Table 1 and Table 2 show patient and tumor characteristics, respectively. Overall, 41 patients (95%) were men and 2 (5%) were women. The age range was 24 to 78 years, with a median age of 64 years. Medical comorbidity was present in 26 patients (60%). Thirty-eight patients (88%) were smokers, and 26 (60%) were active drinkers of alcohol. At initial presentation, 16 (37%) had T1a, 4 (9%) had T1b, and 23 (54%) had T2 tumors. All tumors were classified as N0 on presentation. Twenty-three tumors (54%) had anterior commissure involvement, and 15 (34%) had subglottic extension at initial presentation. At recurrence, patients had their tumor restaged by careful endoscopic evaluation and CT scan. Details of T stage at recurrence are shown in Figure 1. Of 20 T1 tumors, 7 remained T1, 10 were upstaged to T2, 2 were upstaged to T3, and 1 was upstaged to T4. Of 23 T2 tumors, 5 were downstaged to T1, 8 remained T2, 6 were upstaged to T3, and 4 were upstaged to T4.

Twenty-one patients (49%) were suitable for SPL, but 22 patients (51%) required salvage total laryngectomy (STL). Univariate analysis of patient and tumor characteristics (Tables 1 and 2) showed that patients who underwent STL were more likely to be older than 60 years (P = .03), have a more advanced T stage at initial presentation (P = .002) and at recurrence (P<.001), and have anterior commissure involvement at initial presentation (77% vs 29%; P = .002). Subglottic extension was also higher in those who required STL, although this was not statistically significant (45% vs 24%; P = .20).

Of 21 patients treated by SPL, 13 (62%) had T1 and 8 (38%) had T2 tumors at initial presentation. Partial laryngectomy consisted of endoscopic laser excision in 1 (5%), cordectomy or laryngofissure in 7 (33%), frontolateral partial laryngectomy in 11 (52%), and supracricoid laryngectomy in 2 (10%). No neck dissection was performed in the patients with SPL.

Of the 22 patients who required STL, 7 (32%) had T1 and 15 (68%) had T2 tumors at initial presentation. One patient required flap reconstruction with pectoralis myocutaneous flap. Three patients had N+ neck disease, and all underwent neck dissection at the time of STL (1 had a bilateral jugular neck dissection, 1 had a radical neck dissection, and 1 had a bilateral jugular neck dissection with bilateral paratracheal lymph node dissection). Nineteen patients had N0 neck disease. Of these, 8 patients underwent elective treatment of the neck at the time of STL (3 had unilateral neck dissection with paratracheal node dissection, 3 had unilateral jugular neck dissection alone, 1 had bilateral jugular neck dissection alone, and 1 had unilateral modified radical neck dissection and paratracheal node dissection) and 11 patients had neck observation.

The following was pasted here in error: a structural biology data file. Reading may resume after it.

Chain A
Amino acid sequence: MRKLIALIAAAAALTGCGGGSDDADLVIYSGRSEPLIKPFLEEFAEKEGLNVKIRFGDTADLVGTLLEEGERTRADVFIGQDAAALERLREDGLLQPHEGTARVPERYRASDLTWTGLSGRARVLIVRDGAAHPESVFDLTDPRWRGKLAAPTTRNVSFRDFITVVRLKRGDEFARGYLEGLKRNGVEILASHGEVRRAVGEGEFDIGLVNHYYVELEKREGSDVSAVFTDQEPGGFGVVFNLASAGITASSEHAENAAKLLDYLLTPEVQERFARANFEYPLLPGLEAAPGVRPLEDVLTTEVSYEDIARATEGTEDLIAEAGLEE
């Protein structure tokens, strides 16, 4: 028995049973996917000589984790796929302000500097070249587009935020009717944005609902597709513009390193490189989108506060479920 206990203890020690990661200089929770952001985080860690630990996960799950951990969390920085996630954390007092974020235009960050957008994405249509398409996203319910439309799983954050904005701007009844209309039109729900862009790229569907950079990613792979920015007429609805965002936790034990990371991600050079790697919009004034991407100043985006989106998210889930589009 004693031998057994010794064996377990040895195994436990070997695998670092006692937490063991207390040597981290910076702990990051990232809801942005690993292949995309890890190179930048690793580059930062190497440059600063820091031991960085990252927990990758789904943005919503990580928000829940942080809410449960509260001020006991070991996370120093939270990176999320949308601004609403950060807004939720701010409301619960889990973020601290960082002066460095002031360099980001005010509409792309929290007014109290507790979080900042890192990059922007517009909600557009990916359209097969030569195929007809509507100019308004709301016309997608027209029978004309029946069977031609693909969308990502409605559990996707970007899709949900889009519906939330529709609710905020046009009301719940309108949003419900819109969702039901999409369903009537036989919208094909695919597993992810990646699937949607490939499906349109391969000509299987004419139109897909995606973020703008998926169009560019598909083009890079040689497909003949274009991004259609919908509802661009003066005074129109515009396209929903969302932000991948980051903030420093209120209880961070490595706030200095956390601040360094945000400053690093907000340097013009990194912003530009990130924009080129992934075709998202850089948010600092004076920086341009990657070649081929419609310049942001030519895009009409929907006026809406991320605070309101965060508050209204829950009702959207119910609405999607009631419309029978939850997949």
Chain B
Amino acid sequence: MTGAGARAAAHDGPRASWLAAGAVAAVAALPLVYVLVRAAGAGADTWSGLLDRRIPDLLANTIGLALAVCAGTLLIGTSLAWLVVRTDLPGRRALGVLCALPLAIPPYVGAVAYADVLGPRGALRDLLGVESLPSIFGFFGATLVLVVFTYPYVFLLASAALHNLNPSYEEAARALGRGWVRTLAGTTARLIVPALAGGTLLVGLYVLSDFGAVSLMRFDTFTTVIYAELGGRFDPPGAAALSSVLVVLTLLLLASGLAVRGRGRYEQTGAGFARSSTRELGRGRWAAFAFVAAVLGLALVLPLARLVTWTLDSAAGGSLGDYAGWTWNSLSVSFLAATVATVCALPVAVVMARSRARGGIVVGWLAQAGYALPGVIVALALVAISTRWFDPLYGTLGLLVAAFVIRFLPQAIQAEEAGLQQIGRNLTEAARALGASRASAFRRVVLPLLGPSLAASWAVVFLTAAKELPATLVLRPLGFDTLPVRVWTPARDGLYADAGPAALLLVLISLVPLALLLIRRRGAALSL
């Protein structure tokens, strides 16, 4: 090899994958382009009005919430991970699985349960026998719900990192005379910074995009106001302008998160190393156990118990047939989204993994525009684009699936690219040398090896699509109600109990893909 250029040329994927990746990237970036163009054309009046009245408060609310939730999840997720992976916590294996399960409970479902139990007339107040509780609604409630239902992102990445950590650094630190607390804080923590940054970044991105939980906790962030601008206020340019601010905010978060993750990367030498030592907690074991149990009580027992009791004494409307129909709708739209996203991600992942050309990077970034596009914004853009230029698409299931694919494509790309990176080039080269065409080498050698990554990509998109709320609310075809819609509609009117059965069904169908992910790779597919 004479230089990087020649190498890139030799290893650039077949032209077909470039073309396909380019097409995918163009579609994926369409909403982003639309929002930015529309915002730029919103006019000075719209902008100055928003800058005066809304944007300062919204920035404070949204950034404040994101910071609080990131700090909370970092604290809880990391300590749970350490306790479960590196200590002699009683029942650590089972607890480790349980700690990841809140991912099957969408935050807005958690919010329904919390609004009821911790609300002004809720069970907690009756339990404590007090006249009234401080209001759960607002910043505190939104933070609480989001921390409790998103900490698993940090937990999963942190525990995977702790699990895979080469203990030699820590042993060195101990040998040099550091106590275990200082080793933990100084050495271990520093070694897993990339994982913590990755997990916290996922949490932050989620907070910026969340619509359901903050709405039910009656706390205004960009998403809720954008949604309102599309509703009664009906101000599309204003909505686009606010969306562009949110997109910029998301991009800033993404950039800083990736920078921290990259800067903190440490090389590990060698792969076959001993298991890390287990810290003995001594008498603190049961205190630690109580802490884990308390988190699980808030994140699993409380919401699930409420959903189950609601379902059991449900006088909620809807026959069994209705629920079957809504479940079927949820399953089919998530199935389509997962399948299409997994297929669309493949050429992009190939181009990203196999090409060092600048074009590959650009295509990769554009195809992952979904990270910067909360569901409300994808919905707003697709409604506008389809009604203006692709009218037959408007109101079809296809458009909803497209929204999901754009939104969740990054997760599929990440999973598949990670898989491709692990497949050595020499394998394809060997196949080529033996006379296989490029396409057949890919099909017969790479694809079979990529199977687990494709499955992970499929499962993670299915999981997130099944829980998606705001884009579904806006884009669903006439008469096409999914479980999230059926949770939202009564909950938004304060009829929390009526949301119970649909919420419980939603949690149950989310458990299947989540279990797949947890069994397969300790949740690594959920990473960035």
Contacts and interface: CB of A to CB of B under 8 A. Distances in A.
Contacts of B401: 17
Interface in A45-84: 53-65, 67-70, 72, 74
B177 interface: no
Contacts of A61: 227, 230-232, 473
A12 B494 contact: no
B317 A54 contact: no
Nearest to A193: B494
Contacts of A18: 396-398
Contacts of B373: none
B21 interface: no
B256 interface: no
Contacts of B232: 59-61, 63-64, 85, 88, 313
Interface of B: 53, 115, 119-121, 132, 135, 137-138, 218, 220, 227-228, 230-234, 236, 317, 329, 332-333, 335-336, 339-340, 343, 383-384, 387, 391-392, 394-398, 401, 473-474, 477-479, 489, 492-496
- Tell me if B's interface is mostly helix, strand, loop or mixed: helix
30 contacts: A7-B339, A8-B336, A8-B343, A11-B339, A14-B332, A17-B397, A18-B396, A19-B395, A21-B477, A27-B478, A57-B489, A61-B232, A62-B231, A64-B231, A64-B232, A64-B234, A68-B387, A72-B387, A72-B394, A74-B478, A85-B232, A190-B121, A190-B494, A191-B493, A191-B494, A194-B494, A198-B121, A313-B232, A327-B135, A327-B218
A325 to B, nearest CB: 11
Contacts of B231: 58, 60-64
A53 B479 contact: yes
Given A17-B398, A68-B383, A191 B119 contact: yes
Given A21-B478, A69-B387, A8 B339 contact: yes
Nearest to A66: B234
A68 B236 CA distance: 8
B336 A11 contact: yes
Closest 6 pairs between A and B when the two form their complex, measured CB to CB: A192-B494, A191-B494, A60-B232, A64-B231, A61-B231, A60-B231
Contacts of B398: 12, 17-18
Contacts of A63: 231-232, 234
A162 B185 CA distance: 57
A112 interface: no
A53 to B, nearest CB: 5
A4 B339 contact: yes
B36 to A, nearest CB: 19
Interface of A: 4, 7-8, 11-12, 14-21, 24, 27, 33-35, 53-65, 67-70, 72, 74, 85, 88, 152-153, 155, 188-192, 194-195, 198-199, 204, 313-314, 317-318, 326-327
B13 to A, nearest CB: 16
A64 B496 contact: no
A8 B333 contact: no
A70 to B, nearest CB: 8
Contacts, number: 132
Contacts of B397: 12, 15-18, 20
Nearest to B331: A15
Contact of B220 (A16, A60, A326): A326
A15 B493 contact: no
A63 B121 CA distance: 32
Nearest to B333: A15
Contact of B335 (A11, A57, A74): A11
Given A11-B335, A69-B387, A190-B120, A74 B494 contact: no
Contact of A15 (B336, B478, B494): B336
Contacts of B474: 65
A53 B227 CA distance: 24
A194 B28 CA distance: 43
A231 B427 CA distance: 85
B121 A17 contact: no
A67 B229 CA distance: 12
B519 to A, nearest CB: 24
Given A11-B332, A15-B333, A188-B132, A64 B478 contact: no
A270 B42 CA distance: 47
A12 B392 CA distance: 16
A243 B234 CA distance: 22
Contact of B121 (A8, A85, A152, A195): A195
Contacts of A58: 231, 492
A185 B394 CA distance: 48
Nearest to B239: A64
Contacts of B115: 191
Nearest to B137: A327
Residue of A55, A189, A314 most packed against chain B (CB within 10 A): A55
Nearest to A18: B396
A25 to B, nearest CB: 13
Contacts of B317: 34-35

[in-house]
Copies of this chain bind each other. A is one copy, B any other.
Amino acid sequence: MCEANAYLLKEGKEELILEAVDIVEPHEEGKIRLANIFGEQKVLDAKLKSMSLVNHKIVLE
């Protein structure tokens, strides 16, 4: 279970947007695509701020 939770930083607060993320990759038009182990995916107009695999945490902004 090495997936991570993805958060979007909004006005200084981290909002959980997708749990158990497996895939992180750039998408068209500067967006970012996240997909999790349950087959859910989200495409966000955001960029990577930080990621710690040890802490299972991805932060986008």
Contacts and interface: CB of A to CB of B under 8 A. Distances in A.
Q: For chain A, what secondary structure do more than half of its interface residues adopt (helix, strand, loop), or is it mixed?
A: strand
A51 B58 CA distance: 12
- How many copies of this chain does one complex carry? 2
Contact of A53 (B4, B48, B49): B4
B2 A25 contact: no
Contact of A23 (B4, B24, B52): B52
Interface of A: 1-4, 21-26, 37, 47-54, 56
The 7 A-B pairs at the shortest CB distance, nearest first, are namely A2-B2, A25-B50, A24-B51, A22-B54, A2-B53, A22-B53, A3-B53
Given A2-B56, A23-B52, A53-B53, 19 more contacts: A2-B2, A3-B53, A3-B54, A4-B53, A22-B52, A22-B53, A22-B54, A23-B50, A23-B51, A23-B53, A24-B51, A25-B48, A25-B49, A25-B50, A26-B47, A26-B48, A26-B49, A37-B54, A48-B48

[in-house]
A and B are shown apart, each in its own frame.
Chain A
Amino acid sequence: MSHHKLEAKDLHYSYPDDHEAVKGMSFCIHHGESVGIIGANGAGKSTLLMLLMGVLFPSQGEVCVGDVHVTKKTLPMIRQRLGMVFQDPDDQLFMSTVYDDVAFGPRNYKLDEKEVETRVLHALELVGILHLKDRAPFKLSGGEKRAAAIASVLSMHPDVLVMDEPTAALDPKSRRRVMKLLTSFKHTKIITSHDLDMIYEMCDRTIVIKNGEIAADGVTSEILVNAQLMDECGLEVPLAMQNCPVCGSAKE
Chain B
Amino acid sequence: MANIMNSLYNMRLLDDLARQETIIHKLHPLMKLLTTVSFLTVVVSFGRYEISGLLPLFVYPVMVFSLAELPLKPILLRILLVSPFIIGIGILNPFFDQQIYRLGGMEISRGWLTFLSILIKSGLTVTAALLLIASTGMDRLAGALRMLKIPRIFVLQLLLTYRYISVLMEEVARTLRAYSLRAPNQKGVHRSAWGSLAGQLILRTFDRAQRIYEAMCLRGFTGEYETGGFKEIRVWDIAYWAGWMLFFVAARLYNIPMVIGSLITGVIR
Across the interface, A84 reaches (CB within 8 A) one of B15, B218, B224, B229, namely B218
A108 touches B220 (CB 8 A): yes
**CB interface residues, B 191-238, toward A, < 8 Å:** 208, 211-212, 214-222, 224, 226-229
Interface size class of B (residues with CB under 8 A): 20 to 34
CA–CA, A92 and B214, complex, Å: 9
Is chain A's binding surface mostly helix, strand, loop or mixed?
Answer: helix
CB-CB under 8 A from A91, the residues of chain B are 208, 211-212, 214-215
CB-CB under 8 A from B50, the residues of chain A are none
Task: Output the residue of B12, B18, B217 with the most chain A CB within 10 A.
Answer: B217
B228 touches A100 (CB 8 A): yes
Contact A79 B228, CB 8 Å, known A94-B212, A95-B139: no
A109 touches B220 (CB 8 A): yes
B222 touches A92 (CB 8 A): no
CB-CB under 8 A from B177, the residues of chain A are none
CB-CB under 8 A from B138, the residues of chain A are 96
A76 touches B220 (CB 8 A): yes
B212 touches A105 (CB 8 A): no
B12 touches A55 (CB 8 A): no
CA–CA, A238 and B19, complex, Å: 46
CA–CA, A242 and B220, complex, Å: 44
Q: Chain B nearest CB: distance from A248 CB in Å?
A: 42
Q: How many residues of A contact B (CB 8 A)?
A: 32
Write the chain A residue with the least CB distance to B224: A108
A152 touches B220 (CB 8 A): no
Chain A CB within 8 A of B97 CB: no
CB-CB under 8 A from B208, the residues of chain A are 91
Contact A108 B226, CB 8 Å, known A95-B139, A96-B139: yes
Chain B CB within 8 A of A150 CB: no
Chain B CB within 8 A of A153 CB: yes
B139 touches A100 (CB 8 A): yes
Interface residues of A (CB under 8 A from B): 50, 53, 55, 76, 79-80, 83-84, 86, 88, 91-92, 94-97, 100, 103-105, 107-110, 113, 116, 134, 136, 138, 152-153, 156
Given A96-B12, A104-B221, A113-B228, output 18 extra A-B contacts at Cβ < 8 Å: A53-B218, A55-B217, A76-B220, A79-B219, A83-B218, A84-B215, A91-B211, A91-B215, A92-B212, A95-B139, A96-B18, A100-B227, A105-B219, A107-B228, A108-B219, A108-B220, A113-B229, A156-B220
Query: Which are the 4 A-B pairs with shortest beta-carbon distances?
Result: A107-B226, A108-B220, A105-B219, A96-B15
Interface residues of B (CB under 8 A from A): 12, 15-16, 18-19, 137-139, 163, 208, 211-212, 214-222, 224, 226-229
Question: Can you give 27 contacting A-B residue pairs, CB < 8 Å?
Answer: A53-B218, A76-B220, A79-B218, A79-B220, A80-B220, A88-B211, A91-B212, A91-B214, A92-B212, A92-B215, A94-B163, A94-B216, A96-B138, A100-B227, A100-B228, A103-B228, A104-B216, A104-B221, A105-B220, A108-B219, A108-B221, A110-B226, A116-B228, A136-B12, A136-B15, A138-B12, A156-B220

Complications were categorized into overall, wound (infection, dehiscence, flap necrosis, fistula, carotid rupture, or chyle leak), swallowing (dysphagia or stricture), airway (lung, trachea, or stoma), and systemic (myocardial infarction, urinary tract infection, or pulmonary, renal, or metabolic complications). The 2 laryngectomy groups were compared for complication rates using the Fisher exact test or χ2 test.

Follow-up intervals were calculated in months from the date of salvage surgery. Overall survival, disease-specific survival (DSS), local recurrence–free survival (LRFS), neck recurrence–free survival (NRFS), and distant recurrence–free survival (DRFS) rates were calculated using the Kaplan-Meier method. To identify patient and tumor factors predictive of survival outcome, the following variables were analyzed in univariate analysis using the log-rank test: age, sex, medical comorbidity, smoking and alcohol status, initial T stage and T stage at recurrence, anterior commissure involvement, and subglottic invasion. Multivariate analysis was not attempted because of the small number of patients involved. Statistical analysis was performed with SPSS statistical software for Windows version 11.01 (SPSS Inc, Chicago, Ill) and JMP version 4.0 (SAS Institute Inc, Cary, NC).